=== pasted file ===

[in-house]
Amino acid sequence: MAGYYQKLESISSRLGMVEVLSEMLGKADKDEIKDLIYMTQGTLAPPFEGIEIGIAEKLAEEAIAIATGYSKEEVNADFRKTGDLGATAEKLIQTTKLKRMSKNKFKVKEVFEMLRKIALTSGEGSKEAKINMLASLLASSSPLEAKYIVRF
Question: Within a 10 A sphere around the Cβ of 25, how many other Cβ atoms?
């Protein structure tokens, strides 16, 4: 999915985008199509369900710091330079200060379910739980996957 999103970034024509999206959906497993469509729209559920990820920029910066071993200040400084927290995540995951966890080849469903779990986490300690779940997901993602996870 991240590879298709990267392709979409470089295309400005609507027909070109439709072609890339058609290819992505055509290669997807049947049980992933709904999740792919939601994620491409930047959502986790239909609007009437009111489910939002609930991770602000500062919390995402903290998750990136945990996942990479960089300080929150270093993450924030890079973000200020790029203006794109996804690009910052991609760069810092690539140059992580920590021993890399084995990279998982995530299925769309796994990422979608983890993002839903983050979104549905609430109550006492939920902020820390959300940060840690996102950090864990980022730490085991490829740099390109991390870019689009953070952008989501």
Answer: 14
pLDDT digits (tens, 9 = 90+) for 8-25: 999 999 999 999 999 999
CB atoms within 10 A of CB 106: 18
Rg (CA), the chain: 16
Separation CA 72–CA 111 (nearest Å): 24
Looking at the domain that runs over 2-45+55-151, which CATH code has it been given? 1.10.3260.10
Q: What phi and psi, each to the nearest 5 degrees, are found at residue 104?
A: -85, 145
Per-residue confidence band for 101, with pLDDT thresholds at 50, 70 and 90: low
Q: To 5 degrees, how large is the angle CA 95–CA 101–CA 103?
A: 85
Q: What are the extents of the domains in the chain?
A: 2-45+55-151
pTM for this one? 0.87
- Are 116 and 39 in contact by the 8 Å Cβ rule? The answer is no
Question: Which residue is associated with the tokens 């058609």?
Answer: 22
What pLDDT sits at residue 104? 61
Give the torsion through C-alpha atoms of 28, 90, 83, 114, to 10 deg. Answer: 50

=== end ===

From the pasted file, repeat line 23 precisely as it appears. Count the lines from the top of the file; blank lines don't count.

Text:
Give the torsion through C-alpha atoms of 28, 90, 83, 114, to 10 deg. Answer: 50